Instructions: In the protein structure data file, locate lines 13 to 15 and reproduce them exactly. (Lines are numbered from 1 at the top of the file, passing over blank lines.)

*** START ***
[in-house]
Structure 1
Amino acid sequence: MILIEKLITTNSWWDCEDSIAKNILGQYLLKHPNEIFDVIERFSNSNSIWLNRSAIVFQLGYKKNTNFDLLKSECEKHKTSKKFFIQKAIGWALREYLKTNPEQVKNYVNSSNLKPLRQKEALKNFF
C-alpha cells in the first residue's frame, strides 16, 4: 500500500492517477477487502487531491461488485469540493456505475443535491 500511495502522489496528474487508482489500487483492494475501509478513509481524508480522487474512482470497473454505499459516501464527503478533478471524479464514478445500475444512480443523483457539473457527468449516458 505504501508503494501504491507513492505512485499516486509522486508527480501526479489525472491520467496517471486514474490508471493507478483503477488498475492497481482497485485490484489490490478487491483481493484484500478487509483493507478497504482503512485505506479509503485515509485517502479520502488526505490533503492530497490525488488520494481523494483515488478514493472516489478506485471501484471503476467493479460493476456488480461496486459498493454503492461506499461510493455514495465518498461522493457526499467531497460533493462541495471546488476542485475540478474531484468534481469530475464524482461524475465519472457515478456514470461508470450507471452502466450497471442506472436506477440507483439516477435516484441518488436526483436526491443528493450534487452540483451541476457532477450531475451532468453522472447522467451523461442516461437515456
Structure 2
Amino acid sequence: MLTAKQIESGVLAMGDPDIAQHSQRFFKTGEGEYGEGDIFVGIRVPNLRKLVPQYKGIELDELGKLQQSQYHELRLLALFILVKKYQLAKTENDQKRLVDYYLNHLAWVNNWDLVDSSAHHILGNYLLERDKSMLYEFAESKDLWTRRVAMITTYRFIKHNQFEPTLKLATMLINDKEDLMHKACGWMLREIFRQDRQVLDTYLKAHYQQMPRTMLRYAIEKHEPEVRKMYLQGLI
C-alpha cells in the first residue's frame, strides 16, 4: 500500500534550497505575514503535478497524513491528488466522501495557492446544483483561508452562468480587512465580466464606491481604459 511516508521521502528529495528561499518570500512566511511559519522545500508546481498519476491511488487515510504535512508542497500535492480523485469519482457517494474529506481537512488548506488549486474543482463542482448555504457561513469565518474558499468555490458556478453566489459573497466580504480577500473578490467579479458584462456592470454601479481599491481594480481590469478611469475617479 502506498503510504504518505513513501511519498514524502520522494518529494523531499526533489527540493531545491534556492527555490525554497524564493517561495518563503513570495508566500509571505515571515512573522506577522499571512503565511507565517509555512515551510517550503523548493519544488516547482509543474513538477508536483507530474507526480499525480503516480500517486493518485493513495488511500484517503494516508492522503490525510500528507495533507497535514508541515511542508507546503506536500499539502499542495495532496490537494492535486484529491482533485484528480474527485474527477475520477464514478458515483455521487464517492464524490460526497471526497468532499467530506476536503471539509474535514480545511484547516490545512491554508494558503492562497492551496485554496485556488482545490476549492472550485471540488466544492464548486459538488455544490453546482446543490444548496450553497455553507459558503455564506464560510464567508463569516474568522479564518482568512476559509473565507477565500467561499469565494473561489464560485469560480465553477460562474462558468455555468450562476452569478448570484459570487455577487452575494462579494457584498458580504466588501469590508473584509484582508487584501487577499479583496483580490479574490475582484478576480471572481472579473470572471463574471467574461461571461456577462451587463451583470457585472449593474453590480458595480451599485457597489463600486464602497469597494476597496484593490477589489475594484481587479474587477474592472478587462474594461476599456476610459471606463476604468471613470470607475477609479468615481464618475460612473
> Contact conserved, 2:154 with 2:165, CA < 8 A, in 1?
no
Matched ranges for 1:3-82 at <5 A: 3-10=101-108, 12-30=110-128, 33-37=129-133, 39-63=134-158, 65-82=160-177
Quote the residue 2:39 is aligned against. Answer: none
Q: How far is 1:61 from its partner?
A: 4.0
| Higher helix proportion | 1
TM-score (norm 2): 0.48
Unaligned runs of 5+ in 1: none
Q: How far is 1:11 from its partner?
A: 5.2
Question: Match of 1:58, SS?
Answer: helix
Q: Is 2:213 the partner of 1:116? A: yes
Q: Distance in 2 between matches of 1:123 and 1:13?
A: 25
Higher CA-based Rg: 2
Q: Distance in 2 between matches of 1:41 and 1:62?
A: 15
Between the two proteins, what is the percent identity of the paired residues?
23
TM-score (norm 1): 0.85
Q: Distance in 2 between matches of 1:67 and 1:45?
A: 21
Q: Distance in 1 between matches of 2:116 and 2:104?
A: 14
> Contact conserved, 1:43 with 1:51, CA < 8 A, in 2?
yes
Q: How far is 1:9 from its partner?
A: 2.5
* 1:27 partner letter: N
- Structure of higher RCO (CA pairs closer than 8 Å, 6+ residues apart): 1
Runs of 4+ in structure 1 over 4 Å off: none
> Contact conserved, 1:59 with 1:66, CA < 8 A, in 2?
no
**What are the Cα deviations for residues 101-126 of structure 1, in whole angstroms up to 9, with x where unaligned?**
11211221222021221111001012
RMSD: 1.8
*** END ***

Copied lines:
A: 4.0
| Higher helix proportion | 1
TM-score (norm 2): 0.48